"It took a while to settle in - about six months before I found my feet - because they do things a certain way, the way you carry yourself has to be a certain way. You have to make big changes if you want to work there." 

To this day, he said, "the most influential person in my career has been Daniel. I spent four years with him - and if you work there for that long, you don't just learn how to cook.

"He teaches you about GPs, how to cost stuff, he teaches you about how he creates dishes, how his thought process works. There, and throughout my career, I've always tried to soak up as much as I could." 

When the time came for him to move on, the chef headed for Adare Manor in Ireland, his first experience working at a hotel.

Poached Native Lobster
Isle of Wight tomato, pine nut, basil
Recipe here

"The attention to detail as an establishment - I've never seen anything like it." 

Sofian was there working with Mike Tweedie when The Oak Room won its star, and was subsequently promoted to the head chef position. 

"Mike's man management is really, really good and that's something I took with me," he said.

'I wouldn't have taken this job or any job if I didn't think I was ready for it'

But, as it dawned on him whilst dealing with successive lockdowns, "It was on my mind that I wanted to go and cook my own food."

"I just knew that I wanted to do something for myself."

As it turns out, when he secured the role at Ormer and took the leap he was perfectly at ease creating his own food.

"I base everything around the produce. I get the best produce I possibly can within the seasons and treat it with the utmost respect - whether it's a turnip, tomatoes, lobster, carrots - doesn't matter." 

"That's the foundation of what we're trying to do." 

"We don't load the plate up with a million things, we do two or three components, two or three flavour profiles, try and make them sing as best we can together. It's very clean, all white plates, we have tablecloths in the restaurant now.

"Every dish that you give to the customer, if you can make it as good as you can, that's a journey in itself. I want them to finish and say, 'woah, I loved everything that I ate.'"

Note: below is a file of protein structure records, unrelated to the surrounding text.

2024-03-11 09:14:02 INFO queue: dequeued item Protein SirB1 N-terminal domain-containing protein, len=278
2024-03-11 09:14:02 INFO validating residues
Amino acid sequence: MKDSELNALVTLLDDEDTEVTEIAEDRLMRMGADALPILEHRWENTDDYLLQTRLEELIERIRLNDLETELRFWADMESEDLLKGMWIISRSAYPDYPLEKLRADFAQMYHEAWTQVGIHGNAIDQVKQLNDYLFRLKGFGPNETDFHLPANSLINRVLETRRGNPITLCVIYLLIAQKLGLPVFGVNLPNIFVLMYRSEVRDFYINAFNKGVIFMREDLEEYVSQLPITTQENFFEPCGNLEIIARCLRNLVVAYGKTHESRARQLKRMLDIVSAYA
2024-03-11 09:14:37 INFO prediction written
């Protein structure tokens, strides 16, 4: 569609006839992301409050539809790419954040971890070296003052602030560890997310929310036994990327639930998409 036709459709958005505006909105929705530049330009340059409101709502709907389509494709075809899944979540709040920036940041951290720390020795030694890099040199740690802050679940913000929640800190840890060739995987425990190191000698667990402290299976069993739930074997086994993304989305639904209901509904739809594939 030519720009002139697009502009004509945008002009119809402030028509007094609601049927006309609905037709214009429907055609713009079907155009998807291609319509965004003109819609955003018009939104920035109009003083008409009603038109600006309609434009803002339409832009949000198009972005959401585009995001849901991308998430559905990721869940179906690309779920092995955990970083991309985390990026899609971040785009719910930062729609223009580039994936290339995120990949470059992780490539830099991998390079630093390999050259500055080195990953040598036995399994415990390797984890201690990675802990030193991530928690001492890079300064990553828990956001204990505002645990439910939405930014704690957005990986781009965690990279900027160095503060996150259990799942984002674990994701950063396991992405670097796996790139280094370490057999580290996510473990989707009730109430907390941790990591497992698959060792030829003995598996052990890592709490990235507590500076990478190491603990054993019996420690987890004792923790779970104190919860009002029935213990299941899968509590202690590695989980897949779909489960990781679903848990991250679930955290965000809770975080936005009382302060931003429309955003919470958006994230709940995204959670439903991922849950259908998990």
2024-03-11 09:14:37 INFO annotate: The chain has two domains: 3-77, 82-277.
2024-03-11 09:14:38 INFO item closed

Abinao and tapioca tart
Pedro Ximénez Sherry, salted milk sorbet

Reward your teams with a good work environment and good pay

Sofian is of the school of thought that reaching excellence does require hard work and long hours, but that it is possible to do those things and be happy, ecstatic even. 

"People say 'well, you can't be happy doing all of those hours, I would rather work less and enjoy my life' but you can be happy doing both. It's not just, 'if you're a chef, you're miserable because you work long hours and might get shouted at the odd time.' You can do both, you just have to really like cooking I guess."

"And I really, really like it." 

"You can't get away from the fact that if you want to cook at the highest level and in the best places, you're going to have to work long hours. I think it's part of it. No-one forced me to do it all those years ago, to work in all of those places and to work really long hours, but I wanted to do it and I enjoyed doing it.

"Getting people to enjoy doing it is half of the battle and making a nice environment for them to work in is probably eighty percent of that. And paying them enough." 

He strives to provide such an environment for his team, who work a four-day week.

"There is pressure on the people in high places in restaurants. They have standards to deliver, and I believe you shouldn't drop your standards for anyone. But at the same time, there's a way of putting your standards into practice, and there are certain things you don't need to do."

So far so good

Opening in such a context - with the pandemic still looming, the staffing crisis and the challenge of taking over a team from another chef -  was never going to be easy. But so far, Sofian has been pleasantly surprised.

"Every week has been a better week, the food is getting better every week and everyone is getting more comfortable in what they're doing, we're more organised in what we're doing, so it's all falling into place." 

Embracing a fresh start for his team and for the industry after a year of stops and starts, he knows to expect the unexpected. 

"We've only been open for five weeks, it's all so raw and fresh, it's all new."

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Tanwen Dawn-Hiscox

Tanwen Dawn-Hiscox

Deputy Editor 23rd June 2021

'You can work long hours and be happy, you just have to really like cooking. And I really, really like it'